PD-1 and PD-L1 inhibitors, including nivolumab, atezolizumab, and avelumab, will likely play a major role as the backbone of combination therapy for patients with renal cell carcinoma (RCC).
Hans J. Hammers, MD, PhD
PD-1 and PD-L1 inhibitors, including nivolumab, atezolizumab, and avelumab, will likely play a major role as the backbone of combination therapy for patients with renal cell carcinoma (RCC). The agents "are going to disrupt the current treatment paradigm and will likely be the backbone of combination therapy,” said Hans J. Hammers, MD, PhD, during his presentation at the 16th Annual Society of Urologic Oncology, December 2-4, in Washington, DC.1
“There’s a plethora of PD-1 and PD-L1 inhibitors undergoing clinical development in renal cell carcinoma (RCC), with nivolumab the most advanced, followed by atezolizumab and avelumab,” he explained. Hammers, an assistant professor of oncology at the Sidney Kimmel Comprehensive Cancer Center and Johns Hopkins Medicine, in Baltimore, Maryland, provided an overview of some of the current research and posed some provocative questions to consider as the role of these agents in combination therapy is delineated.
He first highlighted data by Sharma et al, presented during the 2015 European Cancer Congress, which involved nivolumab versus everolimus in patients with advanced RCC. In that trial, CheckMate-025, the PD-1 inhibitor reduced the risk of death by 27% and showed an improved overall survival (OS) of 5.4 months. Findings were simultaneously published in The New England Journal of Medicine.2,3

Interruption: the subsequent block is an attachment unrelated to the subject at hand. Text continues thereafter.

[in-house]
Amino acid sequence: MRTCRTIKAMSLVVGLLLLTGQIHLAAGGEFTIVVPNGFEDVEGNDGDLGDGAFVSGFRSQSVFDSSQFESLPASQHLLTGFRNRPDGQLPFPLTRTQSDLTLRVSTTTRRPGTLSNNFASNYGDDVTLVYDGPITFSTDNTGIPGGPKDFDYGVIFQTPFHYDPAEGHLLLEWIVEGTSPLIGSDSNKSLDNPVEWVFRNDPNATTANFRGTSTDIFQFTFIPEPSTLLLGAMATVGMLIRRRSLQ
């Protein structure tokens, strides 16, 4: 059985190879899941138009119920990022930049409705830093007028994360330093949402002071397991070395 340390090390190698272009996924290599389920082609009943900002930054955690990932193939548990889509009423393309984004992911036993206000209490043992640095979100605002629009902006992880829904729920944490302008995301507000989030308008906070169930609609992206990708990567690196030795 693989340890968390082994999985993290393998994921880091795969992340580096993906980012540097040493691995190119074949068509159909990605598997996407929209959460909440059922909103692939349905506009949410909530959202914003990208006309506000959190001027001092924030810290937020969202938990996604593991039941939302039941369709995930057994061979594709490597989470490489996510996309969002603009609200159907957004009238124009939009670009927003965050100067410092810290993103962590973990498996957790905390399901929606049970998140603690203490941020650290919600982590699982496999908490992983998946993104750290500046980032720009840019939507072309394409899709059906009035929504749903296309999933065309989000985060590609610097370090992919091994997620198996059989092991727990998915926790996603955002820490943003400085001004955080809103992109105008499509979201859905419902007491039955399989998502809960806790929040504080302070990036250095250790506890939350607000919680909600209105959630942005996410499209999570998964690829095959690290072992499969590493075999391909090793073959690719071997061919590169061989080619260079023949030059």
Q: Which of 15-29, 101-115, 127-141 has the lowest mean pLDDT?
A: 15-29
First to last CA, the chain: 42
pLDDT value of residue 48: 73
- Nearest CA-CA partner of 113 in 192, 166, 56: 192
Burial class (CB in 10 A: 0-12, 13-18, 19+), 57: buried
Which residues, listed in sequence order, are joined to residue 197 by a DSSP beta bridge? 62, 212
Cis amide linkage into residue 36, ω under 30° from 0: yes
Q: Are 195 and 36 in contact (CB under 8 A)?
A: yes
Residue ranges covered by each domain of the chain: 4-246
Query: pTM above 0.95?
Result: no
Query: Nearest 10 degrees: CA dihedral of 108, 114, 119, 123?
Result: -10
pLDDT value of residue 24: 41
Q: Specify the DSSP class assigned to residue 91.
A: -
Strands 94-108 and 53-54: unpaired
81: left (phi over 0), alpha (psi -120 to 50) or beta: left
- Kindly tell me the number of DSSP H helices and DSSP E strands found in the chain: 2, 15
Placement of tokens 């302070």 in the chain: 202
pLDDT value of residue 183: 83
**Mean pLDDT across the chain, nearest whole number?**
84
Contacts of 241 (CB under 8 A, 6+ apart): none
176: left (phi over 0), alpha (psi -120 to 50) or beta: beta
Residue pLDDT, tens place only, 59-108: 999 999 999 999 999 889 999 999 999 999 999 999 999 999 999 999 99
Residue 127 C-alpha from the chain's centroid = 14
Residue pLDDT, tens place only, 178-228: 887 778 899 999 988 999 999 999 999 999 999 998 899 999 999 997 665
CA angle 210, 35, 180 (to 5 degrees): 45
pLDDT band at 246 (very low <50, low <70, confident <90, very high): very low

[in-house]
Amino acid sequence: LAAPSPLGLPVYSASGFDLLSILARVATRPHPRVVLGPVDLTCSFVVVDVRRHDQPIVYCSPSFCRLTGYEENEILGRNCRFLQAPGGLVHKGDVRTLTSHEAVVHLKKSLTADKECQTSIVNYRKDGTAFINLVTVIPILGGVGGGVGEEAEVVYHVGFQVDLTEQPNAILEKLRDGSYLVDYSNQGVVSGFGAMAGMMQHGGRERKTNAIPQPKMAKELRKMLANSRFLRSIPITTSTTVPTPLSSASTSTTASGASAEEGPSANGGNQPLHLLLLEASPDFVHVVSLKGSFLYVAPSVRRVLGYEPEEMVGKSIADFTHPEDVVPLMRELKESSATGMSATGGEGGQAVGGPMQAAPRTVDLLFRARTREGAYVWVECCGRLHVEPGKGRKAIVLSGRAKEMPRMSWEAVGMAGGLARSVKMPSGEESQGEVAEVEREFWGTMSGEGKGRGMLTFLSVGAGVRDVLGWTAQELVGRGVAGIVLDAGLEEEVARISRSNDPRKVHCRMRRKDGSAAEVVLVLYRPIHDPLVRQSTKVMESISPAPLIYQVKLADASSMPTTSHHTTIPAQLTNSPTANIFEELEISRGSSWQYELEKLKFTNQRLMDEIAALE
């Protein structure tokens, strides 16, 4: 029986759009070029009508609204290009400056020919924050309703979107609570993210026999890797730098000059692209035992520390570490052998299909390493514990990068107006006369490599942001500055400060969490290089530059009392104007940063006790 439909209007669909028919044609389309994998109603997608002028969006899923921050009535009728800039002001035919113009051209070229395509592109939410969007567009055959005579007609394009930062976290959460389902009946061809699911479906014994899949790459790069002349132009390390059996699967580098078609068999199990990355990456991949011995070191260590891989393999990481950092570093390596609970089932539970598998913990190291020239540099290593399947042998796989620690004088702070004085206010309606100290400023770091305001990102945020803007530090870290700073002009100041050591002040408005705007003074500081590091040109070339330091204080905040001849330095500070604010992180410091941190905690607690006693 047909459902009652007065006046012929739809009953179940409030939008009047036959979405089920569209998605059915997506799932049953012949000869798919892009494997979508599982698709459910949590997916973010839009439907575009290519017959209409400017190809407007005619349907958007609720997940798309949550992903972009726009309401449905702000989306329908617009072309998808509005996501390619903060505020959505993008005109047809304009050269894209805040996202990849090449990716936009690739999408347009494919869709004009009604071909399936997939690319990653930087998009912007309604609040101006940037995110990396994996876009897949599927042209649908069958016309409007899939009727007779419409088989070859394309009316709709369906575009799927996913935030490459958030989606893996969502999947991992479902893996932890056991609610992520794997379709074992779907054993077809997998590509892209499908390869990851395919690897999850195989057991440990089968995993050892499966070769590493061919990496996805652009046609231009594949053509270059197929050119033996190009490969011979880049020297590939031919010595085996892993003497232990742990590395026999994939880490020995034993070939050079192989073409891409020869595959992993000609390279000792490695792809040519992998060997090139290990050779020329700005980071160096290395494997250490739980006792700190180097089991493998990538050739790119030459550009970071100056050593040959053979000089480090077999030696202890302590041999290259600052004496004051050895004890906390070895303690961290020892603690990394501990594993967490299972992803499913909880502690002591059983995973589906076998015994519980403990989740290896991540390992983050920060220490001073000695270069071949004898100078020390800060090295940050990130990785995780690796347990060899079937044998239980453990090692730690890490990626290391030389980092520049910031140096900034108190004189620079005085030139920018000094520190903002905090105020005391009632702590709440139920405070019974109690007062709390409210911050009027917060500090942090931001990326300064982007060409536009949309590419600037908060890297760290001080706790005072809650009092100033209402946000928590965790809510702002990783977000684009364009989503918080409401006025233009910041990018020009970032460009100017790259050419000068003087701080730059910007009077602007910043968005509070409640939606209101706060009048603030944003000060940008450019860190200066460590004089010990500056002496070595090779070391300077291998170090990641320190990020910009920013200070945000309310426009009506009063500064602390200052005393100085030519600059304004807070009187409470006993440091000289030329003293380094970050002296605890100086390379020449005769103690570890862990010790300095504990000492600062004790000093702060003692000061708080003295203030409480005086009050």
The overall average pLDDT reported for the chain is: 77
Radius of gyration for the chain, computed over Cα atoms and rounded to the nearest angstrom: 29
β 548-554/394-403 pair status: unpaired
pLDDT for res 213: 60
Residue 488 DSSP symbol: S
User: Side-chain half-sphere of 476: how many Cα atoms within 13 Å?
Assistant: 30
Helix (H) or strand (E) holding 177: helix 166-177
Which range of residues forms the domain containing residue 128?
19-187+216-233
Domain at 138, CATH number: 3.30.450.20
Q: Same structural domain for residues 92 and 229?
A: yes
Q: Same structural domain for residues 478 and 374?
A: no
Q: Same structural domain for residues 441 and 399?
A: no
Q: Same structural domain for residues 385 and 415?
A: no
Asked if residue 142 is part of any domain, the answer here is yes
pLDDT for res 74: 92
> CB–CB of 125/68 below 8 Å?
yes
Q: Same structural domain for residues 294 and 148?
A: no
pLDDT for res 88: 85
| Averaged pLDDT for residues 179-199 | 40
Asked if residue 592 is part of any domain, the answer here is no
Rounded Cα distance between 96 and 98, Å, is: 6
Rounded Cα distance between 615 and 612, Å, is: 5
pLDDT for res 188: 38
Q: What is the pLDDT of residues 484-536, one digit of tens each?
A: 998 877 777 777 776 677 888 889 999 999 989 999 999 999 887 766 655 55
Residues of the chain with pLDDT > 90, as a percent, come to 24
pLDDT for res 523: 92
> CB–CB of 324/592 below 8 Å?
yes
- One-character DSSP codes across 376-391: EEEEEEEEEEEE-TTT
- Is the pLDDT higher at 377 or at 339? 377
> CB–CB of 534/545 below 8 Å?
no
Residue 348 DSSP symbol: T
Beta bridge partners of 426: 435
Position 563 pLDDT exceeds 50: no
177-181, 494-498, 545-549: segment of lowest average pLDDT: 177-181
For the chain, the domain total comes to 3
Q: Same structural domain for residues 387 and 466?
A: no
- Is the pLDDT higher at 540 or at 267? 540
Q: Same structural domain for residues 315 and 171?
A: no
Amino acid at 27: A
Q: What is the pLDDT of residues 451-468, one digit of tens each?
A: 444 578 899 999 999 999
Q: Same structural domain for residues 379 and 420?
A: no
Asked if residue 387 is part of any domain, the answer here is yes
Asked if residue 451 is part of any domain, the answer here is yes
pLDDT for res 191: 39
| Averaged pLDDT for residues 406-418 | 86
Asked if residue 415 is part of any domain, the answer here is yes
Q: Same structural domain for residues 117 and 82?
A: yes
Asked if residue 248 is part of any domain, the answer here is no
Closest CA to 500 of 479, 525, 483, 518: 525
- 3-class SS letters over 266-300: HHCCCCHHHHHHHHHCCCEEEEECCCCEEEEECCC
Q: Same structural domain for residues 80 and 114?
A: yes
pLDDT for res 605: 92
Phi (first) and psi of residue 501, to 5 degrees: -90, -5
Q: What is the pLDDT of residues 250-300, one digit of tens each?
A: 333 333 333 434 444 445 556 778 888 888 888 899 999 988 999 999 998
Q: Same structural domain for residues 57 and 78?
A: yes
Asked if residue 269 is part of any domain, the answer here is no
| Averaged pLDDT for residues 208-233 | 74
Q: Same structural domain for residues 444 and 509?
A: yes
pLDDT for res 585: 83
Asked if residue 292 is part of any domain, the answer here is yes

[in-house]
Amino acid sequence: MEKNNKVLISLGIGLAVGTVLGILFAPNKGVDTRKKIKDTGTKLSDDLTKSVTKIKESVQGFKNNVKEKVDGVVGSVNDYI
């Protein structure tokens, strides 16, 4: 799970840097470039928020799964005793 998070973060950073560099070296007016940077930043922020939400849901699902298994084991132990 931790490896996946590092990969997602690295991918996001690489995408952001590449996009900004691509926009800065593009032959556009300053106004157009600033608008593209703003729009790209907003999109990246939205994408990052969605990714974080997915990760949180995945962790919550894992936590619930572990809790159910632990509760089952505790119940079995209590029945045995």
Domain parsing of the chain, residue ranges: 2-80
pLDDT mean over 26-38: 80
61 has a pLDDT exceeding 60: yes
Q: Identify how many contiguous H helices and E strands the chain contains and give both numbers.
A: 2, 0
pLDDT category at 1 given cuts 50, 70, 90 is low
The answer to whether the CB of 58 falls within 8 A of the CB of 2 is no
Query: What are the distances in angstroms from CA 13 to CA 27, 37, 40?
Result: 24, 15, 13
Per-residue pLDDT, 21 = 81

CheckMate-025 randomized 821 previously treated patients with advanced or metastatic clear-cell RCC in a 1:1 ratio to 3 mg/kg of intravenous (IV) nivolumab every 2 weeks or 10 mg of oral everolimus daily until progression or unacceptable toxicity. Prior treatment with one or two antiangiogenic treatment regimens for advanced or metastatic disease was required, along with evidence of disease progression within 6 months of enrollment. In that trial, OS was the primary endpoint, while secondary outcome measures included objective response rate (ORR) and progression-free survival (PFS). At a minimum follow-up of 14 months, the median OS was 25.0 months with nivolumab versus 19.6 months with everolimus (HR, 0.73; 98.5% CI, 0.57-0.93; P = .002). The difference was statistically significant, meeting the criteria established in the trial design of P ≤.0148. The OS benefit was observed across patient subgroups, including cohorts defined by geography, Memorial Sloan Kettering Cancer Center prognostic score, and number of prior antiangiogenic regimens.
The trial was stopped early after meeting the primary OS endpoint, and eligible patients in the everolimus cohort were allowed to cross over and receive nivolumab in an open-label extension of the study. Median PFS was 4.6 and 4.4 months in the nivolumab and everolimus arms, respectively (HR, 0.88; 95% CI, 0.75-1.03; P = .11). The researchers noted that there was a delayed separation of the PFS Kaplan-Meier curves. To further examine the results, they conducted an ad hoc sensitivity analysis of PFS in patients who had not progressed at 6 months. The median PFS in this cohort was 15.6 months with nivolumab versus 11.7 months with everolimus (HR, 0.64; 95% CI, 0.47-0.88).
“That was the elephant in the room,” said Hammers. “Everolimus, considered a ‘weak’ targeted therapy, and nivolumab, had similar time to PFS graphs. But starting at 9 months, there was a separation, which was driven by the response rates,” he said. Traditionally, response rates are not considered a primary endpoint, but in these patients, the response rates were very durable. “This allows us to identify the patient population that can derive the most benefit from these drugs.”